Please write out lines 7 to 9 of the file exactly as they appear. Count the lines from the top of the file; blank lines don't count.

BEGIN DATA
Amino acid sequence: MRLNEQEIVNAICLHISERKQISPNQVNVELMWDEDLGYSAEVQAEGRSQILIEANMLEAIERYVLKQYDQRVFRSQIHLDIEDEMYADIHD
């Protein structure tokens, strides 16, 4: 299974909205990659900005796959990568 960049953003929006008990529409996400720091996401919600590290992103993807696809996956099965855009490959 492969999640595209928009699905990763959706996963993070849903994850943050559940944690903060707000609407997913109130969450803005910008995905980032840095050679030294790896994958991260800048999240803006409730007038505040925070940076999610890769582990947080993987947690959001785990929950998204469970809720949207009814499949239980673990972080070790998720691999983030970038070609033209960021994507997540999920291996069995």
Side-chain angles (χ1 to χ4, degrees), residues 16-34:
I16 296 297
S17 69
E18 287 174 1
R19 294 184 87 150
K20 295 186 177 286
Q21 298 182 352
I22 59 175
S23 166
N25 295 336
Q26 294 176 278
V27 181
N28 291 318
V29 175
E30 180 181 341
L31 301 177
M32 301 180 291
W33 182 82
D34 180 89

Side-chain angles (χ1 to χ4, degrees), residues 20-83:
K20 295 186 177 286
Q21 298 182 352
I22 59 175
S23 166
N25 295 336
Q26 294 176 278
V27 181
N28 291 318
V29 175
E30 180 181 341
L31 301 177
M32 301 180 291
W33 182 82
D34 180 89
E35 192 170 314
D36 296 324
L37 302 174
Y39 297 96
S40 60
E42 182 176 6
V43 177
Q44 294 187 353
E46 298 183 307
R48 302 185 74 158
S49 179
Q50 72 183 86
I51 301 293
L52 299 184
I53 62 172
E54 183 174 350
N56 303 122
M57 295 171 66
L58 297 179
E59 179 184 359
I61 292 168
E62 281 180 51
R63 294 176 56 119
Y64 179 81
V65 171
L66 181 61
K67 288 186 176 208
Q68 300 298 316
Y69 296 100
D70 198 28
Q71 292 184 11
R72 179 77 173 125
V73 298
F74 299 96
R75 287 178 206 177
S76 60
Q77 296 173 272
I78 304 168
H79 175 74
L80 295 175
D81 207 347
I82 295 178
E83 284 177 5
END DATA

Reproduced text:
R19 294 184 87 150
K20 295 186 177 286
Q21 298 182 352